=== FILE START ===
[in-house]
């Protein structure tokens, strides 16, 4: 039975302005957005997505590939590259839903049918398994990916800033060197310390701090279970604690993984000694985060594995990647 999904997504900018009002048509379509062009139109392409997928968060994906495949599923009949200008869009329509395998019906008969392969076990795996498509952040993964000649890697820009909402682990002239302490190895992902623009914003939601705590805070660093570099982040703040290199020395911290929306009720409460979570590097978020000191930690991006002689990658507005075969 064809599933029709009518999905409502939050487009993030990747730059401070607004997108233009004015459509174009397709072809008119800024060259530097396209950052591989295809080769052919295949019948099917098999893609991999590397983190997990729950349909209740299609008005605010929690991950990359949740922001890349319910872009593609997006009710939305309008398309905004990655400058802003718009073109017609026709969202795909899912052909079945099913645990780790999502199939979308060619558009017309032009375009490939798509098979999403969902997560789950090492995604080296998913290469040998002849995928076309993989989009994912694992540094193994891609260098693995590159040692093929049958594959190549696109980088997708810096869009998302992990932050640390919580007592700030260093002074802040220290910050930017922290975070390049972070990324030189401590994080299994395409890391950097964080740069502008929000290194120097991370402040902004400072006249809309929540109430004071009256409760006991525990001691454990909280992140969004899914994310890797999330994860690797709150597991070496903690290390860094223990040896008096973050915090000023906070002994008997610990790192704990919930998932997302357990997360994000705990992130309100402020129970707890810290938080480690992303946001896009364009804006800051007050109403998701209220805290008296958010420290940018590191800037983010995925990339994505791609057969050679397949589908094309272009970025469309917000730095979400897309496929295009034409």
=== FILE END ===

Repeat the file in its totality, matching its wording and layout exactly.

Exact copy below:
[in-house]
């Protein structure tokens, strides 16, 4: 039975302005957005997505590939590259839903049918398994990916800033060197310390701090279970604690993984000694985060594995990647 999904997504900018009002048509379509062009139109392409997928968060994906495949599923009949200008869009329509395998019906008969392969076990795996498509952040993964000649890697820009909402682990002239302490190895992902623009914003939601705590805070660093570099982040703040290199020395911290929306009720409460979570590097978020000191930690991006002689990658507005075969 064809599933029709009518999905409502939050487009993030990747730059401070607004997108233009004015459509174009397709072809008119800024060259530097396209950052591989295809080769052919295949019948099917098999893609991999590397983190997990729950349909209740299609008005605010929690991950990359949740922001890349319910872009593609997006009710939305309008398309905004990655400058802003718009073109017609026709969202795909899912052909079945099913645990780790999502199939979308060619558009017309032009375009490939798509098979999403969902997560789950090492995604080296998913290469040998002849995928076309993989989009994912694992540094193994891609260098693995590159040692093929049958594959190549696109980088997708810096869009998302992990932050640390919580007592700030260093002074802040220290910050930017922290975070390049972070990324030189401590994080299994395409890391950097964080740069502008929000290194120097991370402040902004400072006249809309929540109430004071009256409760006991525990001691454990909280992140969004899914994310890797999330994860690797709150597991070496903690290390860094223990040896008096973050915090000023906070002994008997610990790192704990919930998932997302357990997360994000705990992130309100402020129970707890810290938080480690992303946001896009364009804006800051007050109403998701209220805290008296958010420290940018590191800037983010995925990339994505791609057969050679397949589908094309272009970025469309917000730095979400897309496929295009034409």